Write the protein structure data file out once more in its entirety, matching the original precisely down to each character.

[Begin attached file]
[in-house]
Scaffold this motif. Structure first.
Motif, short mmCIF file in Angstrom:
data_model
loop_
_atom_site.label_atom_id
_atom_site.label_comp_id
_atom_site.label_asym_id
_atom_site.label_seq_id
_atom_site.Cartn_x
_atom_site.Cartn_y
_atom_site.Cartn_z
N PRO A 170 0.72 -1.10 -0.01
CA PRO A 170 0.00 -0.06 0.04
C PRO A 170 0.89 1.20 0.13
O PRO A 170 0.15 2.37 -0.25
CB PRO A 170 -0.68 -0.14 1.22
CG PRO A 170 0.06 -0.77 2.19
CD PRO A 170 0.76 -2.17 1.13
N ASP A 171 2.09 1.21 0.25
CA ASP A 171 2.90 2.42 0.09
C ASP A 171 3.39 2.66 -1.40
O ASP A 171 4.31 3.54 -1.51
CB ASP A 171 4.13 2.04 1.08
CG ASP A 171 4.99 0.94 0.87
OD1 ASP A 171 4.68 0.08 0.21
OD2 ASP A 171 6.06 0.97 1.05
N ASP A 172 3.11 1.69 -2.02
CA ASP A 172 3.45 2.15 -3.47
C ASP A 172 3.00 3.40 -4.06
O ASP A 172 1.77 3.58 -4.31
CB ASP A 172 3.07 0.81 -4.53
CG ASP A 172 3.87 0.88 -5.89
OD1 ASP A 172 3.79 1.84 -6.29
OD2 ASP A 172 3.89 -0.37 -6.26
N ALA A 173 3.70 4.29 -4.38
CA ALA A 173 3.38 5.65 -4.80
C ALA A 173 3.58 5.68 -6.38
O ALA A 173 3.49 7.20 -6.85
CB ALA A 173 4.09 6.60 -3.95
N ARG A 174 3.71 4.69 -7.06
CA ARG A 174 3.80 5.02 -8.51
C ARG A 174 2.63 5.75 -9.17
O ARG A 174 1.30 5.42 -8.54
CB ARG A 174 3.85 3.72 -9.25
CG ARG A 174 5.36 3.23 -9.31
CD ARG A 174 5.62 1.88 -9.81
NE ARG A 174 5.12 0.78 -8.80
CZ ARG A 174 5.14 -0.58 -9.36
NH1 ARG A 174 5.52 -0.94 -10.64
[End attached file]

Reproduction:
[in-house]
Scaffold this motif. Structure first.
Motif, short mmCIF file in Angstrom:
data_model
loop_
_atom_site.label_atom_id
_atom_site.label_comp_id
_atom_site.label_asym_id
_atom_site.label_seq_id
_atom_site.Cartn_x
_atom_site.Cartn_y
_atom_site.Cartn_z
N PRO A 170 0.72 -1.10 -0.01
CA PRO A 170 0.00 -0.06 0.04
C PRO A 170 0.89 1.20 0.13
O PRO A 170 0.15 2.37 -0.25
CB PRO A 170 -0.68 -0.14 1.22
CG PRO A 170 0.06 -0.77 2.19
CD PRO A 170 0.76 -2.17 1.13
N ASP A 171 2.09 1.21 0.25
CA ASP A 171 2.90 2.42 0.09
C ASP A 171 3.39 2.66 -1.40
O ASP A 171 4.31 3.54 -1.51
CB ASP A 171 4.13 2.04 1.08
CG ASP A 171 4.99 0.94 0.87
OD1 ASP A 171 4.68 0.08 0.21
OD2 ASP A 171 6.06 0.97 1.05
N ASP A 172 3.11 1.69 -2.02
CA ASP A 172 3.45 2.15 -3.47
C ASP A 172 3.00 3.40 -4.06
O ASP A 172 1.77 3.58 -4.31
CB ASP A 172 3.07 0.81 -4.53
CG ASP A 172 3.87 0.88 -5.89
OD1 ASP A 172 3.79 1.84 -6.29
OD2 ASP A 172 3.89 -0.37 -6.26
N ALA A 173 3.70 4.29 -4.38
CA ALA A 173 3.38 5.65 -4.80
C ALA A 173 3.58 5.68 -6.38
O ALA A 173 3.49 7.20 -6.85
CB ALA A 173 4.09 6.60 -3.95
N ARG A 174 3.71 4.69 -7.06
CA ARG A 174 3.80 5.02 -8.51
C ARG A 174 2.63 5.75 -9.17
O ARG A 174 1.30 5.42 -8.54
CB ARG A 174 3.85 3.72 -9.25
CG ARG A 174 5.36 3.23 -9.31
CD ARG A 174 5.62 1.88 -9.81
NE ARG A 174 5.12 0.78 -8.80
CZ ARG A 174 5.14 -0.58 -9.36
NH1 ARG A 174 5.52 -0.94 -10.64